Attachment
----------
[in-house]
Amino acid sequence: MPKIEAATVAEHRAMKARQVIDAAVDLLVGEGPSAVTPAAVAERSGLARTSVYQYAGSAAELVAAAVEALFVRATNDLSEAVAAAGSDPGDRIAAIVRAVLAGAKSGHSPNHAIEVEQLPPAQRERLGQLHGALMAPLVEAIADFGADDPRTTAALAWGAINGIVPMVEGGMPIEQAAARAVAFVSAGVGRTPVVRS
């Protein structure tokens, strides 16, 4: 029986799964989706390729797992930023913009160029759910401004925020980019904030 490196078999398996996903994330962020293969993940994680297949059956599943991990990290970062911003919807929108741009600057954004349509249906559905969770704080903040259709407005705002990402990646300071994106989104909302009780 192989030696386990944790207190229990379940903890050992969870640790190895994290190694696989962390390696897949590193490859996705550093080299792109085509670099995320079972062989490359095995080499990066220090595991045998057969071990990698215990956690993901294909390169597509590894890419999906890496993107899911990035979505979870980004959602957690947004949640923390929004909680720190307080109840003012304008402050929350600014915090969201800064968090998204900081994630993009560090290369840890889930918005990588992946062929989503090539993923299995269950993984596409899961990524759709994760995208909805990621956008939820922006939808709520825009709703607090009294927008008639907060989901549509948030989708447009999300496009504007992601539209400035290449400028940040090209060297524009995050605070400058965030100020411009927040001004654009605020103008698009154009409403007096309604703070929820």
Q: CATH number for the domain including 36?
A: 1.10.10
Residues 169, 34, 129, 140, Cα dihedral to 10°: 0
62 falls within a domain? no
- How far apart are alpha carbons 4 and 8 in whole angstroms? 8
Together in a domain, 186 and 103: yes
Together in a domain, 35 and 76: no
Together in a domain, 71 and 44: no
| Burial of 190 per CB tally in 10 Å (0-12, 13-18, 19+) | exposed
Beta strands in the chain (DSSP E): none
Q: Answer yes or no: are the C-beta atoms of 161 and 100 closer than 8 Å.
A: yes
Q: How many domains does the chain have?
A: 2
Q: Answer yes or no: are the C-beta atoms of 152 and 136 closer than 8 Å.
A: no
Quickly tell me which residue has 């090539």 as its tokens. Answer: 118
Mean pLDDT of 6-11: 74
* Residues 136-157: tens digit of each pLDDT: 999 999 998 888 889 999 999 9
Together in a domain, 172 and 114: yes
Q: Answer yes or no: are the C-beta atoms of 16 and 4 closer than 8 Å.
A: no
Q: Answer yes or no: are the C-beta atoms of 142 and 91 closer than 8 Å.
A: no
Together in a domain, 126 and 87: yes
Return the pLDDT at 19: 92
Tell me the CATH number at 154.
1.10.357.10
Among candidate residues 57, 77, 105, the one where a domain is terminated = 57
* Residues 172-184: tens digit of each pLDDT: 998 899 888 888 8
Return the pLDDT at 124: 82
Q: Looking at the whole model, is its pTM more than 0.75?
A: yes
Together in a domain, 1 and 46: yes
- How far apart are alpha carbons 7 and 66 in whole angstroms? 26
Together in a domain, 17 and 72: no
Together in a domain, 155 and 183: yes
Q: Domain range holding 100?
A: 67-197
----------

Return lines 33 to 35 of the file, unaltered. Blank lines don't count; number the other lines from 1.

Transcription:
* Residues 172-184: tens digit of each pLDDT: 998 899 888 888 8
Return the pLDDT at 124: 82
Q: Looking at the whole model, is its pTM more than 0.75?